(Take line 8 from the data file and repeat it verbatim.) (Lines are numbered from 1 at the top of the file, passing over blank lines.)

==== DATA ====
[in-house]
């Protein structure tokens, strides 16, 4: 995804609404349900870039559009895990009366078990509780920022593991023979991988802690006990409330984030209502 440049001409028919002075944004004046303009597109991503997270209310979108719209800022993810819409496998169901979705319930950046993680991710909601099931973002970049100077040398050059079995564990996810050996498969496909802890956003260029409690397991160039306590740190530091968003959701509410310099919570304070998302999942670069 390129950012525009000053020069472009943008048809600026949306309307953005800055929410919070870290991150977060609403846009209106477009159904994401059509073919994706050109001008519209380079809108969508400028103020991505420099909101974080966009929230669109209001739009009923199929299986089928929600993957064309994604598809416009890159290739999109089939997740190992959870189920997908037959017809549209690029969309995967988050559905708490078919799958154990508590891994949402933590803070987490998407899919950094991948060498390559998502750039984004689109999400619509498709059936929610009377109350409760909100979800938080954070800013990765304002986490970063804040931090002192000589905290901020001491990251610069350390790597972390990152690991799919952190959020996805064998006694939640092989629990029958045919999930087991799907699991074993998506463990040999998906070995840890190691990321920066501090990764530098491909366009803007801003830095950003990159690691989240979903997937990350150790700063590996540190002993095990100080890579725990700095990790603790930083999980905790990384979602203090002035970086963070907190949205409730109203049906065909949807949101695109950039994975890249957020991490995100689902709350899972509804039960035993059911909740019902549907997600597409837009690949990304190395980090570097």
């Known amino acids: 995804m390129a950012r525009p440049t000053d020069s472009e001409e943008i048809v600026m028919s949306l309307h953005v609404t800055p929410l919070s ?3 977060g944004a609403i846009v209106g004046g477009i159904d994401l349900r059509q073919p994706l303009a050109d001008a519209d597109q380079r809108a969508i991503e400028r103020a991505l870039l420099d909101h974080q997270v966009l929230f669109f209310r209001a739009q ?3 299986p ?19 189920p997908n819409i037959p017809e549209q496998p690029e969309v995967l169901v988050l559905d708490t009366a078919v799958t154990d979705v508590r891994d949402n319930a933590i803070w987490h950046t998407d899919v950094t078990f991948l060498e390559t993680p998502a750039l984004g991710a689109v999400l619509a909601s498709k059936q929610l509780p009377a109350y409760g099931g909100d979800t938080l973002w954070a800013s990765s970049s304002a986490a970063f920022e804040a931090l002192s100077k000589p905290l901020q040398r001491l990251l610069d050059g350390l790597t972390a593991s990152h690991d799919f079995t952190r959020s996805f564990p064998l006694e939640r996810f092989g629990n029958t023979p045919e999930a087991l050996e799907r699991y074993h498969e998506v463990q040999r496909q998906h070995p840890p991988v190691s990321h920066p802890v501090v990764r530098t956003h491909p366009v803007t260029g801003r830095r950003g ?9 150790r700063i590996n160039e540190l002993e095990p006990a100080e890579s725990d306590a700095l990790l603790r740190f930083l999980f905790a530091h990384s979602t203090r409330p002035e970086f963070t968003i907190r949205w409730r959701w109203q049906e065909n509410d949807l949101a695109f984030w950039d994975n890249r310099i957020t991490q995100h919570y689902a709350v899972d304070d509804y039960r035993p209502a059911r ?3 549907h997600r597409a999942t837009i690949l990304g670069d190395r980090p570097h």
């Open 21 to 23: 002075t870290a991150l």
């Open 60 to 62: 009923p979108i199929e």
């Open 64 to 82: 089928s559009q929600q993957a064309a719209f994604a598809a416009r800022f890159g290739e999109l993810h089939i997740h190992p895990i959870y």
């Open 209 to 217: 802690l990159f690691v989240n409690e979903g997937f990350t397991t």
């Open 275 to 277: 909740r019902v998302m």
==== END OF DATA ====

């Open 275 to 277: 909740r019902v998302m």